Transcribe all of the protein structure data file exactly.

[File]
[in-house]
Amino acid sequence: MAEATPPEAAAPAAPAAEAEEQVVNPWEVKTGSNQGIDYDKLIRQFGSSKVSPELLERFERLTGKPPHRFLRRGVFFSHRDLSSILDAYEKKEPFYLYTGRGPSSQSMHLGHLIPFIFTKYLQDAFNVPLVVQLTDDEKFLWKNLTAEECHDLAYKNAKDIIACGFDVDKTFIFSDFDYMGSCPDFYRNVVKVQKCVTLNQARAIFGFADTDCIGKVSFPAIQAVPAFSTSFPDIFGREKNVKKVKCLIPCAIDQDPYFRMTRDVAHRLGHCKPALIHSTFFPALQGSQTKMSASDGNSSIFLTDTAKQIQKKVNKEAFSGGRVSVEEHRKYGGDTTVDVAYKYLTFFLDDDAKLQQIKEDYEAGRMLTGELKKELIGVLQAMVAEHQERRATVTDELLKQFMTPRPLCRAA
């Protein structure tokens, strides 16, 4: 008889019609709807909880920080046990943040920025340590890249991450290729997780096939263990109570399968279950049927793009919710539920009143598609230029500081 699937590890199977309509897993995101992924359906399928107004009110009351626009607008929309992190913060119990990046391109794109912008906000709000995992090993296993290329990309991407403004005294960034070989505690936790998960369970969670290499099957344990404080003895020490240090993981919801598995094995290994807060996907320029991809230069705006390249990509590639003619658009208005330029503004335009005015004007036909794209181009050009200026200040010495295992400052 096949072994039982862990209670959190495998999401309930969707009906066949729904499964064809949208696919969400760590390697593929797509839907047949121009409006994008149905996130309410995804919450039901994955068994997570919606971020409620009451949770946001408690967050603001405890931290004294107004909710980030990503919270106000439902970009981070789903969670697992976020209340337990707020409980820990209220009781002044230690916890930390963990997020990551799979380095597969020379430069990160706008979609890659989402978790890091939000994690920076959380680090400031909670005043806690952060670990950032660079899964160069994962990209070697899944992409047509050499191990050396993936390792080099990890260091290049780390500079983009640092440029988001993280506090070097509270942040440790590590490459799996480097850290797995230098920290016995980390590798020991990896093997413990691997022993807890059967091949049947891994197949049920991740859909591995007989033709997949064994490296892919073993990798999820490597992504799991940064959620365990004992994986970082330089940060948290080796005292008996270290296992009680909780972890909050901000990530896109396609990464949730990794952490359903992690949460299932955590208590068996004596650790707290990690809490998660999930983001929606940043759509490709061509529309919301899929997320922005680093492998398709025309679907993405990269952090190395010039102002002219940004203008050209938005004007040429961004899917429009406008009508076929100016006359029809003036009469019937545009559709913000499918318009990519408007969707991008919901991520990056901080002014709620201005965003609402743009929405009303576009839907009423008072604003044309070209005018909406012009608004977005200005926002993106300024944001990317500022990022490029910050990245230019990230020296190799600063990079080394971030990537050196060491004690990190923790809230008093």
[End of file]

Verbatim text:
[in-house]
Amino acid sequence: MAEATPPEAAAPAAPAAEAEEQVVNPWEVKTGSNQGIDYDKLIRQFGSSKVSPELLERFERLTGKPPHRFLRRGVFFSHRDLSSILDAYEKKEPFYLYTGRGPSSQSMHLGHLIPFIFTKYLQDAFNVPLVVQLTDDEKFLWKNLTAEECHDLAYKNAKDIIACGFDVDKTFIFSDFDYMGSCPDFYRNVVKVQKCVTLNQARAIFGFADTDCIGKVSFPAIQAVPAFSTSFPDIFGREKNVKKVKCLIPCAIDQDPYFRMTRDVAHRLGHCKPALIHSTFFPALQGSQTKMSASDGNSSIFLTDTAKQIQKKVNKEAFSGGRVSVEEHRKYGGDTTVDVAYKYLTFFLDDDAKLQQIKEDYEAGRMLTGELKKELIGVLQAMVAEHQERRATVTDELLKQFMTPRPLCRAA
């Protein structure tokens, strides 16, 4: 008889019609709807909880920080046990943040920025340590890249991450290729997780096939263990109570399968279950049927793009919710539920009143598609230029500081 699937590890199977309509897993995101992924359906399928107004009110009351626009607008929309992190913060119990990046391109794109912008906000709000995992090993296993290329990309991407403004005294960034070989505690936790998960369970969670290499099957344990404080003895020490240090993981919801598995094995290994807060996907320029991809230069705006390249990509590639003619658009208005330029503004335009005015004007036909794209181009050009200026200040010495295992400052 096949072994039982862990209670959190495998999401309930969707009906066949729904499964064809949208696919969400760590390697593929797509839907047949121009409006994008149905996130309410995804919450039901994955068994997570919606971020409620009451949770946001408690967050603001405890931290004294107004909710980030990503919270106000439902970009981070789903969670697992976020209340337990707020409980820990209220009781002044230690916890930390963990997020990551799979380095597969020379430069990160706008979609890659989402978790890091939000994690920076959380680090400031909670005043806690952060670990950032660079899964160069994962990209070697899944992409047509050499191990050396993936390792080099990890260091290049780390500079983009640092440029988001993280506090070097509270942040440790590590490459799996480097850290797995230098920290016995980390590798020991990896093997413990691997022993807890059967091949049947891994197949049920991740859909591995007989033709997949064994490296892919073993990798999820490597992504799991940064959620365990004992994986970082330089940060948290080796005292008996270290296992009680909780972890909050901000990530896109396609990464949730990794952490359903992690949460299932955590208590068996004596650790707290990690809490998660999930983001929606940043759509490709061509529309919301899929997320922005680093492998398709025309679907993405990269952090190395010039102002002219940004203008050209938005004007040429961004899917429009406008009508076929100016006359029809003036009469019937545009559709913000499918318009990519408007969707991008919901991520990056901080002014709620201005965003609402743009929405009303576009839907009423008072604003044309070209005018909406012009608004977005200005926002993106300024944001990317500022990022490029910050990245230019990230020296190799600063990079080394971030990537050196060491004690990190923790809230008093």